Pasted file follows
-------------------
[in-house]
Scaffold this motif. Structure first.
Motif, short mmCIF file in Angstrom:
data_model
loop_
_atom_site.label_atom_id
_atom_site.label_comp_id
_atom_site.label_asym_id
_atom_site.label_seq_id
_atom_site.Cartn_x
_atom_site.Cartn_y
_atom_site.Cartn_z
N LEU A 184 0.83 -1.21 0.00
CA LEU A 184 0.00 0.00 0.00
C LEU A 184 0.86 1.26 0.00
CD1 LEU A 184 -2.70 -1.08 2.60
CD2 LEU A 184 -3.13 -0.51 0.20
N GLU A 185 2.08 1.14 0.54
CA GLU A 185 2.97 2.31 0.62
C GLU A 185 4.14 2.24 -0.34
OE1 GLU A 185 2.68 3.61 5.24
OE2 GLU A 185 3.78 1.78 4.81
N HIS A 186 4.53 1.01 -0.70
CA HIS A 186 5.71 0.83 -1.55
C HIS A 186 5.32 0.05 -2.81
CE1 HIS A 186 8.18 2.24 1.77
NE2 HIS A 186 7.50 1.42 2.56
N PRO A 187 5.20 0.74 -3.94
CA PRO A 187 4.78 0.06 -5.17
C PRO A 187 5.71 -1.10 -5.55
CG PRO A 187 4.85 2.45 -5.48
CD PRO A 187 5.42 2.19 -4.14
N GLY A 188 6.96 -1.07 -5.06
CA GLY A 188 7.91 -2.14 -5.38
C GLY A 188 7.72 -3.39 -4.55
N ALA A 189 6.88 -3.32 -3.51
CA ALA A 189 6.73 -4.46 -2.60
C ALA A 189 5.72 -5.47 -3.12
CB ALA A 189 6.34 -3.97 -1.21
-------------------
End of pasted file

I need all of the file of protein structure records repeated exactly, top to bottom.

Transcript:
[in-house]
Scaffold this motif. Structure first.
Motif, short mmCIF file in Angstrom:
data_model
loop_
_atom_site.label_atom_id
_atom_site.label_comp_id
_atom_site.label_asym_id
_atom_site.label_seq_id
_atom_site.Cartn_x
_atom_site.Cartn_y
_atom_site.Cartn_z
N LEU A 184 0.83 -1.21 0.00
CA LEU A 184 0.00 0.00 0.00
C LEU A 184 0.86 1.26 0.00
CD1 LEU A 184 -2.70 -1.08 2.60
CD2 LEU A 184 -3.13 -0.51 0.20
N GLU A 185 2.08 1.14 0.54
CA GLU A 185 2.97 2.31 0.62
C GLU A 185 4.14 2.24 -0.34
OE1 GLU A 185 2.68 3.61 5.24
OE2 GLU A 185 3.78 1.78 4.81
N HIS A 186 4.53 1.01 -0.70
CA HIS A 186 5.71 0.83 -1.55
C HIS A 186 5.32 0.05 -2.81
CE1 HIS A 186 8.18 2.24 1.77
NE2 HIS A 186 7.50 1.42 2.56
N PRO A 187 5.20 0.74 -3.94
CA PRO A 187 4.78 0.06 -5.17
C PRO A 187 5.71 -1.10 -5.55
CG PRO A 187 4.85 2.45 -5.48
CD PRO A 187 5.42 2.19 -4.14
N GLY A 188 6.96 -1.07 -5.06
CA GLY A 188 7.91 -2.14 -5.38
C GLY A 188 7.72 -3.39 -4.55
N ALA A 189 6.88 -3.32 -3.51
CA ALA A 189 6.73 -4.46 -2.60
C ALA A 189 5.72 -5.47 -3.12
CB ALA A 189 6.34 -3.97 -1.21